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The Life of a Star

Fenella Saunders

STEPHEN HAWKING: Riddles of Time and Space. Michael Lent and Brian McCarthy, with art by Zach Bassett. 24 pp. Bluewater Productions, 2013. $3.99 print, $1.99 digital for e-readers. http://bit.ly/18Z8Rq0.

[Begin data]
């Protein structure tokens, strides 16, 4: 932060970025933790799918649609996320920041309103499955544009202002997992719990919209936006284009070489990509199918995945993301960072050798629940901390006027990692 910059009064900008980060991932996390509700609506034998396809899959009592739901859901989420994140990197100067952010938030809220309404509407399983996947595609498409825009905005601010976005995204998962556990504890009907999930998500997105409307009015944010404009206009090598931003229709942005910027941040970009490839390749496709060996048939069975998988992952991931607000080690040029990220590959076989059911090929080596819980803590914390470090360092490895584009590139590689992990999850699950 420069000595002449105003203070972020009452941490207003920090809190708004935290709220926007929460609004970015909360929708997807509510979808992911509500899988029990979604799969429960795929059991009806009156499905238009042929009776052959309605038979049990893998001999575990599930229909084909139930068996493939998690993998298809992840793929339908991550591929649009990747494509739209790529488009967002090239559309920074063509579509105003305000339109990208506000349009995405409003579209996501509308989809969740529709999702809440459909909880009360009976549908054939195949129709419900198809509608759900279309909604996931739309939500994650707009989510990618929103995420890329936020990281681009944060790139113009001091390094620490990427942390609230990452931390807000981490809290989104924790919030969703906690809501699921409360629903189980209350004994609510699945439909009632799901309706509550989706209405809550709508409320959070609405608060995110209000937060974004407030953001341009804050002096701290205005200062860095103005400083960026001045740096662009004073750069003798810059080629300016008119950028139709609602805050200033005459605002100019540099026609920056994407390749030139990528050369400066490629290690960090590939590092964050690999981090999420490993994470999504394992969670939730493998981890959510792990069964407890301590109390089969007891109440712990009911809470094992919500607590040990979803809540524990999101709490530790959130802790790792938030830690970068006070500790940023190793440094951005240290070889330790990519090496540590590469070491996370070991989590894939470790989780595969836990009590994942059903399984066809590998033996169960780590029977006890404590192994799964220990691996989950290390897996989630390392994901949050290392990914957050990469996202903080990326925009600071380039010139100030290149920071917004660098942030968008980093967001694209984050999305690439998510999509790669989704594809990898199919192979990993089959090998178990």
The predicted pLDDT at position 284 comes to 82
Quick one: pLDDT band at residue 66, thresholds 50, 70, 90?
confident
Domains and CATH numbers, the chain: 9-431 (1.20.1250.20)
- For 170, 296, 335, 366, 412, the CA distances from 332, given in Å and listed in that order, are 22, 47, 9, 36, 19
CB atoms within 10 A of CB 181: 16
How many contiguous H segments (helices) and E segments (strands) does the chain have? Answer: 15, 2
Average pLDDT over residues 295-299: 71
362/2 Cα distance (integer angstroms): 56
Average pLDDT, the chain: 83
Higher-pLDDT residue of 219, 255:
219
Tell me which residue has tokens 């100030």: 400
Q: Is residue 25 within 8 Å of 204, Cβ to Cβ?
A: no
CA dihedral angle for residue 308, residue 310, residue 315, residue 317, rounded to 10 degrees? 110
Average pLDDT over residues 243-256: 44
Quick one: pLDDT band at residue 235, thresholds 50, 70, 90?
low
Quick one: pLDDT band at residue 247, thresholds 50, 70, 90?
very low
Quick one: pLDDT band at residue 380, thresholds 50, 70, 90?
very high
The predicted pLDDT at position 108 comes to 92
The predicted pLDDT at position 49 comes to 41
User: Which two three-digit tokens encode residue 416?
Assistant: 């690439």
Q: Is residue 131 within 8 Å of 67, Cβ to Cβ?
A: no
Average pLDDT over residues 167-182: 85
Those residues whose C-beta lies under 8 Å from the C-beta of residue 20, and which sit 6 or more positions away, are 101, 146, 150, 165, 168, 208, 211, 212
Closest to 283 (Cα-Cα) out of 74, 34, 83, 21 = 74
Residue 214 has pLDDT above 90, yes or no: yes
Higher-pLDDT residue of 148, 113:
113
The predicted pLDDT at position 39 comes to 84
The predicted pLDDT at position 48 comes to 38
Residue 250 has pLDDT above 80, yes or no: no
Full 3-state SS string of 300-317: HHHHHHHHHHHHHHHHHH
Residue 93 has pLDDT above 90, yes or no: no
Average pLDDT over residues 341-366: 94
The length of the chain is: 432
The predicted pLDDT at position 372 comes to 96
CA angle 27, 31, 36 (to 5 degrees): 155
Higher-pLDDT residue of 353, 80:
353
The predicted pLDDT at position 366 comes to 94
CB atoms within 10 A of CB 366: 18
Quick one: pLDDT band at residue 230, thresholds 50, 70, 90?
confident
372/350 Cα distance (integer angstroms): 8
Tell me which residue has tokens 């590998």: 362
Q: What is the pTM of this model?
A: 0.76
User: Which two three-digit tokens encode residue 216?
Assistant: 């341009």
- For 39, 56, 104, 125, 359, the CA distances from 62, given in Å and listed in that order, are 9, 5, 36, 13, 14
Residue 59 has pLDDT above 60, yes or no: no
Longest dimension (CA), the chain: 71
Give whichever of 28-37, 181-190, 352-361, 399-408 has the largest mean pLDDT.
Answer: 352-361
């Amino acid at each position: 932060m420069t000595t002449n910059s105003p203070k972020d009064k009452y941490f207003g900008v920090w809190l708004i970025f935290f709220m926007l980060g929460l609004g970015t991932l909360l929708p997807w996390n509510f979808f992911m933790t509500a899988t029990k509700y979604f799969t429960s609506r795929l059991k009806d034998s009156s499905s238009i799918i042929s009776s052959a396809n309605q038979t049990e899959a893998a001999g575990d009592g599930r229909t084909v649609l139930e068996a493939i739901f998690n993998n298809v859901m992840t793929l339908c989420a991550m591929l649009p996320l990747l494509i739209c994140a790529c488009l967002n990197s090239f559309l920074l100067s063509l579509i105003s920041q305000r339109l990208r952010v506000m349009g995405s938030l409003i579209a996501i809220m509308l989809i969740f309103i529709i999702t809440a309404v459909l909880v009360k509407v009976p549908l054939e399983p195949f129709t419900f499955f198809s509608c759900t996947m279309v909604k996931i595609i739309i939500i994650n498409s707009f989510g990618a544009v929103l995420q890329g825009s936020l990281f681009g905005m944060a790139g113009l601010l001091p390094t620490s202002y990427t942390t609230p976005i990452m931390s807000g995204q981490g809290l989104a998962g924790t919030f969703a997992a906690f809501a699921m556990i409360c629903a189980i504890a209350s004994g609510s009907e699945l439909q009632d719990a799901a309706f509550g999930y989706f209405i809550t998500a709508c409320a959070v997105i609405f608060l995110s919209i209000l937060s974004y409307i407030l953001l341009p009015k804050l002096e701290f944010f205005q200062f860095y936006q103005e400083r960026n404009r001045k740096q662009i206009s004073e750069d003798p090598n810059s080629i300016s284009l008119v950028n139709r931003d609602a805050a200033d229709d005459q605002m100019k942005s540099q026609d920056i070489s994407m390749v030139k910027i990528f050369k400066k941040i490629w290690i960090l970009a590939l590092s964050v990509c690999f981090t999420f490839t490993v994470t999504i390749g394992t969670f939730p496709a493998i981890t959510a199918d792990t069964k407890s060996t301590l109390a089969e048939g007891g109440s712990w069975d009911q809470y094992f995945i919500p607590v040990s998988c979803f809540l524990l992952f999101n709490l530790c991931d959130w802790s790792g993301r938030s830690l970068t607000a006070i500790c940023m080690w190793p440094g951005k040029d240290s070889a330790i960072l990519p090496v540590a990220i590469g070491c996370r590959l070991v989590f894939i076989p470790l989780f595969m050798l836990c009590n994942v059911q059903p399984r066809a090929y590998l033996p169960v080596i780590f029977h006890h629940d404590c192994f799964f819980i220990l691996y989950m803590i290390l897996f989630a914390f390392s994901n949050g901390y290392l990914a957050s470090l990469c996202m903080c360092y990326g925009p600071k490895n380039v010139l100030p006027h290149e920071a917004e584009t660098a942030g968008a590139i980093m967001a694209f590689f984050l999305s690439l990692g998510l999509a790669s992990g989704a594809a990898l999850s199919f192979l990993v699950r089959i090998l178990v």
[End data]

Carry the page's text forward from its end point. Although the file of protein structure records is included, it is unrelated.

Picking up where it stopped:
Click to Enlarge ImageDespite its somewhat esoteric nature, physics has produced a number of rock stars—luminaries in the field who are household names, even if most people couldn’t explain why exactly they are famous. One sure sign that someone has made it is to have his or her life story told in comic book form. This is not just an ego stroke. For the lay reader, this format can help bridge the gap between recognizing a researcher’s name and gaining a basic understanding of the science behind it; for the scientist’s fans, it can provide a fun biographical romp. Stephen Hawking has made numerous television appearances, even delivering self-deprecating jokes on sitcoms, but now his legacy has been ensured with a comic of his own, Stephen Hawking: Riddles of Time and Space. This 24-page volume couldn’t possibly delve into all the intricacies of Hawking’s findings, but it skims the surface effectively, often using striking metaphorical imagery to hint at the bigger story. It also cleverly captures Hawking’s irreverence and humor. As readers watch Hawking’s transition from a healthy and cocky student, too smart to really apply himself, to the iconic disabled figure who gained drive and focus from the limits imposed by illness, the comic is able to put a human face on a great mind while highlighting what it is about Hawking’s theories that made them so revolutionary. 

 

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